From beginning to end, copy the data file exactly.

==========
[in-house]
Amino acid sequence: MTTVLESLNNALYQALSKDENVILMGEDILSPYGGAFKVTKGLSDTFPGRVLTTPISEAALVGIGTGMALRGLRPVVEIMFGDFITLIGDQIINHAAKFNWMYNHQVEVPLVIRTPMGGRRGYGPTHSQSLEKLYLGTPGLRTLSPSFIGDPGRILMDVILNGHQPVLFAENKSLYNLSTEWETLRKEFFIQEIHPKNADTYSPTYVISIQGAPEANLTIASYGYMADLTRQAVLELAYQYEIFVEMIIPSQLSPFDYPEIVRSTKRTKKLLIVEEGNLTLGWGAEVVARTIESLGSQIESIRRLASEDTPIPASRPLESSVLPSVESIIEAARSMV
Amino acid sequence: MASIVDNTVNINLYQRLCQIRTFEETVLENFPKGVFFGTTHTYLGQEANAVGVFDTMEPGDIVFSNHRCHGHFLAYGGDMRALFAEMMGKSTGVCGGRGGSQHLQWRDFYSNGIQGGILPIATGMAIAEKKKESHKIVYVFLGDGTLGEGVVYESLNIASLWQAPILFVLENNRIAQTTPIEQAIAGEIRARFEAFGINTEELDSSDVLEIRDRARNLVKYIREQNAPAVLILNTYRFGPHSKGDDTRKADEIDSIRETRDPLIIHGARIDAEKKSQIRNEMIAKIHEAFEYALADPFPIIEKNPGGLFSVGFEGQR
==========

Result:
[in-house]
Amino acid sequence: MTTVLESLNNALYQALSKDENVILMGEDILSPYGGAFKVTKGLSDTFPGRVLTTPISEAALVGIGTGMALRGLRPVVEIMFGDFITLIGDQIINHAAKFNWMYNHQVEVPLVIRTPMGGRRGYGPTHSQSLEKLYLGTPGLRTLSPSFIGDPGRILMDVILNGHQPVLFAENKSLYNLSTEWETLRKEFFIQEIHPKNADTYSPTYVISIQGAPEANLTIASYGYMADLTRQAVLELAYQYEIFVEMIIPSQLSPFDYPEIVRSTKRTKKLLIVEEGNLTLGWGAEVVARTIESLGSQIESIRRLASEDTPIPASRPLESSVLPSVESIIEAARSMV
Amino acid sequence: MASIVDNTVNINLYQRLCQIRTFEETVLENFPKGVFFGTTHTYLGQEANAVGVFDTMEPGDIVFSNHRCHGHFLAYGGDMRALFAEMMGKSTGVCGGRGGSQHLQWRDFYSNGIQGGILPIATGMAIAEKKKESHKIVYVFLGDGTLGEGVVYESLNIASLWQAPILFVLENNRIAQTTPIEQAIAGEIRARFEAFGINTEELDSSDVLEIRDRARNLVKYIREQNAPAVLILNTYRFGPHSKGDDTRKADEIDSIRETRDPLIIHGARIDAEKKSQIRNEMIAKIHEAFEYALADPFPIIEKNPGGLFSVGFEGQR